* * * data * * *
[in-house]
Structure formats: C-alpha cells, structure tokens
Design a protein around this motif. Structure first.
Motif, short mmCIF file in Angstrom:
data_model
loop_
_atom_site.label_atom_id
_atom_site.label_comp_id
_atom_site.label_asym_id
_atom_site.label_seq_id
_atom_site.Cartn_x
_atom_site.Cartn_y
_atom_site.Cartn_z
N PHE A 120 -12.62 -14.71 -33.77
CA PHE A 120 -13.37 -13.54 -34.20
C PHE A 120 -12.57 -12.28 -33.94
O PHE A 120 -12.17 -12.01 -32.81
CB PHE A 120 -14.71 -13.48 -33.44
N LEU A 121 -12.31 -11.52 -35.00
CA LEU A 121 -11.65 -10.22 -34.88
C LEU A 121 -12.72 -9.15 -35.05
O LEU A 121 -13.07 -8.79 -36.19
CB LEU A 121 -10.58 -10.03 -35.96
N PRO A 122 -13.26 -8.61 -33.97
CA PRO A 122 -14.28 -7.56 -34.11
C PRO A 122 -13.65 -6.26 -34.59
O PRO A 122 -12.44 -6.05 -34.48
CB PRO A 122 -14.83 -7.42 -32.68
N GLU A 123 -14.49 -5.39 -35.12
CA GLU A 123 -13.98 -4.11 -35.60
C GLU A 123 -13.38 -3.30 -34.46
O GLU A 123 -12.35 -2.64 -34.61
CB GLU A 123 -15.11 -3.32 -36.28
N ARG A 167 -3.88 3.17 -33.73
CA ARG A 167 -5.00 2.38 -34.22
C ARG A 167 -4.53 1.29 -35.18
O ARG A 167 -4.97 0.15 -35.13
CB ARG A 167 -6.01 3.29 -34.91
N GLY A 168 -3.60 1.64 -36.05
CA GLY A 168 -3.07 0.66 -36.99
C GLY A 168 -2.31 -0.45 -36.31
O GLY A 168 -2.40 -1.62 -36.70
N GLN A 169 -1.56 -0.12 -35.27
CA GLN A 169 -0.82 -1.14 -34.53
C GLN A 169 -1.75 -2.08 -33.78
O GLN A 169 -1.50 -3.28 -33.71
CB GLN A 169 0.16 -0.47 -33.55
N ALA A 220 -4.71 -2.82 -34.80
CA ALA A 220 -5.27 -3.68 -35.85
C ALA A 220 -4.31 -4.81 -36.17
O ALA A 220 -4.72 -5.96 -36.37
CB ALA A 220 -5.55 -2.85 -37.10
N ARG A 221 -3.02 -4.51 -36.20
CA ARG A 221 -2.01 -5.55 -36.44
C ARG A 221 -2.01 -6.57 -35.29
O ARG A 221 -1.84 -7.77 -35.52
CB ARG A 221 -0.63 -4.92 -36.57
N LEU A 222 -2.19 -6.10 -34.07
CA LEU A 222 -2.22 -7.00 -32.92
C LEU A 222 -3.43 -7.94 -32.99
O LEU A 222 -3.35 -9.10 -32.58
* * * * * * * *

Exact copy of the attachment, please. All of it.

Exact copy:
[in-house]
Structure formats: C-alpha cells, structure tokens
Design a protein around this motif. Structure first.
Motif, short mmCIF file in Angstrom:
data_model
loop_
_atom_site.label_atom_id
_atom_site.label_comp_id
_atom_site.label_asym_id
_atom_site.label_seq_id
_atom_site.Cartn_x
_atom_site.Cartn_y
_atom_site.Cartn_z
N PHE A 120 -12.62 -14.71 -33.77
CA PHE A 120 -13.37 -13.54 -34.20
C PHE A 120 -12.57 -12.28 -33.94
O PHE A 120 -12.17 -12.01 -32.81
CB PHE A 120 -14.71 -13.48 -33.44
N LEU A 121 -12.31 -11.52 -35.00
CA LEU A 121 -11.65 -10.22 -34.88
C LEU A 121 -12.72 -9.15 -35.05
O LEU A 121 -13.07 -8.79 -36.19
CB LEU A 121 -10.58 -10.03 -35.96
N PRO A 122 -13.26 -8.61 -33.97
CA PRO A 122 -14.28 -7.56 -34.11
C PRO A 122 -13.65 -6.26 -34.59
O PRO A 122 -12.44 -6.05 -34.48
CB PRO A 122 -14.83 -7.42 -32.68
N GLU A 123 -14.49 -5.39 -35.12
CA GLU A 123 -13.98 -4.11 -35.60
C GLU A 123 -13.38 -3.30 -34.46
O GLU A 123 -12.35 -2.64 -34.61
CB GLU A 123 -15.11 -3.32 -36.28
N ARG A 167 -3.88 3.17 -33.73
CA ARG A 167 -5.00 2.38 -34.22
C ARG A 167 -4.53 1.29 -35.18
O ARG A 167 -4.97 0.15 -35.13
CB ARG A 167 -6.01 3.29 -34.91
N GLY A 168 -3.60 1.64 -36.05
CA GLY A 168 -3.07 0.66 -36.99
C GLY A 168 -2.31 -0.45 -36.31
O GLY A 168 -2.40 -1.62 -36.70
N GLN A 169 -1.56 -0.12 -35.27
CA GLN A 169 -0.82 -1.14 -34.53
C GLN A 169 -1.75 -2.08 -33.78
O GLN A 169 -1.50 -3.28 -33.71
CB GLN A 169 0.16 -0.47 -33.55
N ALA A 220 -4.71 -2.82 -34.80
CA ALA A 220 -5.27 -3.68 -35.85
C ALA A 220 -4.31 -4.81 -36.17
O ALA A 220 -4.72 -5.96 -36.37
CB ALA A 220 -5.55 -2.85 -37.10
N ARG A 221 -3.02 -4.51 -36.20
CA ARG A 221 -2.01 -5.55 -36.44
C ARG A 221 -2.01 -6.57 -35.29
O ARG A 221 -1.84 -7.77 -35.52
CB ARG A 221 -0.63 -4.92 -36.57
N LEU A 222 -2.19 -6.10 -34.07
CA LEU A 222 -2.22 -7.00 -32.92
C LEU A 222 -3.43 -7.94 -32.99
O LEU A 222 -3.35 -9.10 -32.58